Nearly two weeks ago, one of the most popular, beloved and talented former professional players in the history of Heroes of the Storm esports, Thomas “Ménè” Cailleux, had enough.
While streaming the game on Twitch, he began talking to his chat about his love for the title, regardless of the tough times it has been through lately, and, visibly frustrated, he began pleading for Blizzard to work with him, other former professional players and content creators to help improve the game.
His rant, which was immediately clipped and put on the Heroes of the Storm subReddit, has garnered nearly 12,000 viewers and was one of the top posts for that week.
His message though is one that has circulated throughout the pro scene for years: “Why hasn’t Blizzard worked with those who play the game at the highest level and have a deeper understanding of hero’s kits, battleground mechanics and what the game needs better than the vast majority of the player base? What is there to lose?”
Realistically, it’s a win-win for all parties. Blizzard has the opportunity to receive insight that they likely wouldn’t have otherwise or, at the very least, can put on the facade that they are listening and the community is heard. Even if nothing comes of it, it’s good public relations for the company and the pro players can say they tried.
That’s really all that Mene wants as well.
“Everyone has been saying there is no hope for the game and maybe there isn’t but at least I tried. I don't lose anything by talking about it so maybe I could win something for myself and the game,” said Mene to InvenGlobal recently.
Mene, well-known for his mechanical skills on mage heroes during his pro-playing days with Fnatic and Dignitas, has a few areas where Blizzard, if they decide to work with the community, can immediately improve the game. One starts with testing content before it’s even released:
“When they want to release a new hero or do a rework, what they could maybe do is give a couple of the ex-pros who want to work with Blizzard private access to the new hero or the new rework so we could try it before everyone and give them some feedback. For example, Imperius is a big disappointment compared to, you know, when Blizzard used to release a new hero they were always insanely broken pretty much. Even if the win-rate [on Imperius] is acceptable, every one of my stream says Imperius is pretty [bad] compared to other offlaners. So instead of jumping into the game with the new hero like that maybe we could try it before and if they don't change it that is fine but at least we tried it and gave feedback.”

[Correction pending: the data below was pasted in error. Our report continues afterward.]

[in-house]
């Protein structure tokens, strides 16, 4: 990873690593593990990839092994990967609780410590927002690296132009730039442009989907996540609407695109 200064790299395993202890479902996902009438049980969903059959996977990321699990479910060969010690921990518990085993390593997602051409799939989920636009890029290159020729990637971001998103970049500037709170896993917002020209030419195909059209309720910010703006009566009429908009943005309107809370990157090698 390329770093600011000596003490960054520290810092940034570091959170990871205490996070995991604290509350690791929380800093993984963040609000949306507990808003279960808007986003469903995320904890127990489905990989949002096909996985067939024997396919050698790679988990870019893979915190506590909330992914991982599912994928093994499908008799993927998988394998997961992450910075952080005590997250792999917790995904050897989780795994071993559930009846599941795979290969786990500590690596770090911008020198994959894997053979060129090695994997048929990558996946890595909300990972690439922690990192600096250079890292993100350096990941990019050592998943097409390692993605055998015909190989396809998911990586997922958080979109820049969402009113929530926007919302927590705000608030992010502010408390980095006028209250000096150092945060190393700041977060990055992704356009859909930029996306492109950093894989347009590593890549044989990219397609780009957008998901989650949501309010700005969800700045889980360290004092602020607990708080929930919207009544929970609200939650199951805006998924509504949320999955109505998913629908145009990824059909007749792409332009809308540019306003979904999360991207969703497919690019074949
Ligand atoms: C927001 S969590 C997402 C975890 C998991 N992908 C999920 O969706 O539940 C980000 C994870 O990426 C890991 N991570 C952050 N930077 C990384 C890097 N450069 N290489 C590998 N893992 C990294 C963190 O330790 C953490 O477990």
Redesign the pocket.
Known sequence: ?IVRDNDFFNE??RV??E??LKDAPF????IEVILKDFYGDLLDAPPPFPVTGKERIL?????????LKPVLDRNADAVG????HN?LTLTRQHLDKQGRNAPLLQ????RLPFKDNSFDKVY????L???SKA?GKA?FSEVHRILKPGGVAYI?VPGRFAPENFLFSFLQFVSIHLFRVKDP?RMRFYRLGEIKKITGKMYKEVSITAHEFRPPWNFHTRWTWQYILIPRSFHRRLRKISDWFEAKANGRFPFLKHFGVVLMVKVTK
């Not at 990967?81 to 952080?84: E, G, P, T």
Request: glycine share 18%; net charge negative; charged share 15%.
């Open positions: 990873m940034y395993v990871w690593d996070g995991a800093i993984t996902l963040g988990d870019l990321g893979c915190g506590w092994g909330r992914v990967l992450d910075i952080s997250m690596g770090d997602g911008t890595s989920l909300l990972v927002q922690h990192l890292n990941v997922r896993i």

Another idea Mene has doesn’t involve Blizzard working directly with former professional players but takes what works in another popular MOBA and simply implements it into HotS.
“I think they should have the ability like in League of Legends where you can choose your role [in drafts]. For example, ‘Assassin and Tank’ and you can only pick ‘Assassin and tTank’. You don't scam the other people in-draft. You don't go Support. You respect you’re pick and you have a balanced team comp. The problem is sometimes you have a team comp that makes zero sense and you either don't want to play the game or you troll because you have no chance and it is not fun to play.”
A more casual suggestion that Mene brainstormed tackles the different skins that are within the game for heroes to wear while fighting, crossing the map or being selected in the draft mode.
“I know if I work with them on skins I would make them money, for sure. Because I have insane ideas for skins. I'm someone that skins are important to me. I can't play the game with a pleb skin so, if I have to, I will just spend 10 Euros on a sweet skin. I know it doesn't impact the game but, for me, the aesthetics are important.”
Waste of time?
The reality is what Activision Blizzard threw the competitive Heroes of the Storm scene to the wayside in a manner that was not received well by the community. With their sights set on maximizing the profits in other unannounced projects and current popular games such as Overwatch, does Mene think Blizzard would bother entertaining the ideas of former pros, even if the ideas seem like a win-win for all involved?
“I don't think they care at all. I think their mindset about that is probably going to be like, ‘Why would we get your help? Why are we going to listen to you? It's not like we have anything to prove.” I know it could save the game but it is not going to change anything for Activision. Activision may say, ‘Even if you save the game, does it really matter?’ So maybe they just work to work and they don't have ambition.”
Whatever the reality of the situation may be within Activision Blizzard, Mene and numerous other former professional players and community members who still dedicate a hefty portion of their lives to playing Heroes of the Storm will remain lying-in-wait for an email or call for advice that may or may not ever come.
Tim Rizzo is the editor and a reporter for Inven Global. He joined the company back in 2017.